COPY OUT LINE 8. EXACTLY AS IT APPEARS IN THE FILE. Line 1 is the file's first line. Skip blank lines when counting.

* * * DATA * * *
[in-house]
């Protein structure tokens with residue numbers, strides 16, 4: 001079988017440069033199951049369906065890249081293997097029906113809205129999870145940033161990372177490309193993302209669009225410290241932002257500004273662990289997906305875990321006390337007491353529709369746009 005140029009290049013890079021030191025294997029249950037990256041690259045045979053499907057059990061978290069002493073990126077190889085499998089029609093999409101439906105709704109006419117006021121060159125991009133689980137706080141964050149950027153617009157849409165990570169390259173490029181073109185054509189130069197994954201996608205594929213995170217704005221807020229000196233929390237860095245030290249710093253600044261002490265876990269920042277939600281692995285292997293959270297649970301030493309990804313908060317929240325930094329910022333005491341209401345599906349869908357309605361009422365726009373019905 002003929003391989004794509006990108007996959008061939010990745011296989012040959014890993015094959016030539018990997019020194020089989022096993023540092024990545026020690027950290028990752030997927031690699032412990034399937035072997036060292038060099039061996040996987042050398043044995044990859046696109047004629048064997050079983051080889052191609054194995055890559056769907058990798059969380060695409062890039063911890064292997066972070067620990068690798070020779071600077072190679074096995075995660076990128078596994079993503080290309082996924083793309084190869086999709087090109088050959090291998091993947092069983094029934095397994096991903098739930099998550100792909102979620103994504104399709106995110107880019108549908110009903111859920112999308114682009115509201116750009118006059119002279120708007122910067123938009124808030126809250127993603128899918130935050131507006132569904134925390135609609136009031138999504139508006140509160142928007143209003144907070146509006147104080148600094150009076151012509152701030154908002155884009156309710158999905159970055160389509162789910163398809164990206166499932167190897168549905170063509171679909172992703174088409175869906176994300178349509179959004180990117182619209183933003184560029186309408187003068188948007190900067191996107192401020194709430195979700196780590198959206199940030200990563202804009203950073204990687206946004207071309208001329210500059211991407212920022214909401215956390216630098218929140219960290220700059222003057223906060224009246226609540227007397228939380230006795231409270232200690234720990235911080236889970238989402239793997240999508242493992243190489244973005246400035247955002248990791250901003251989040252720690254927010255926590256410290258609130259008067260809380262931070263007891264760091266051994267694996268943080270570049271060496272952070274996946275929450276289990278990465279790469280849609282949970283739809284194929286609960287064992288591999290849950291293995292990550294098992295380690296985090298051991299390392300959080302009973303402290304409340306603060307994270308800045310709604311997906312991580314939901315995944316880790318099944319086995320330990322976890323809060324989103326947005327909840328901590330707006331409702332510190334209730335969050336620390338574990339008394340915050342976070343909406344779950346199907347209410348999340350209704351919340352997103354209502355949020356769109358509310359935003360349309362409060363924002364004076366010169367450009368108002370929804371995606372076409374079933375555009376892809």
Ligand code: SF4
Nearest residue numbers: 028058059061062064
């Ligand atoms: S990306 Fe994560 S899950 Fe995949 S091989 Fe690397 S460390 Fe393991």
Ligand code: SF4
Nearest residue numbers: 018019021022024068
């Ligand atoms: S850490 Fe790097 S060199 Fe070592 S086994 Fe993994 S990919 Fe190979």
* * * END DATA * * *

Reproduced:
């Ligand atoms: S850490 Fe790097 S060199 Fe070592 S086994 Fe993994 S990919 Fe190979």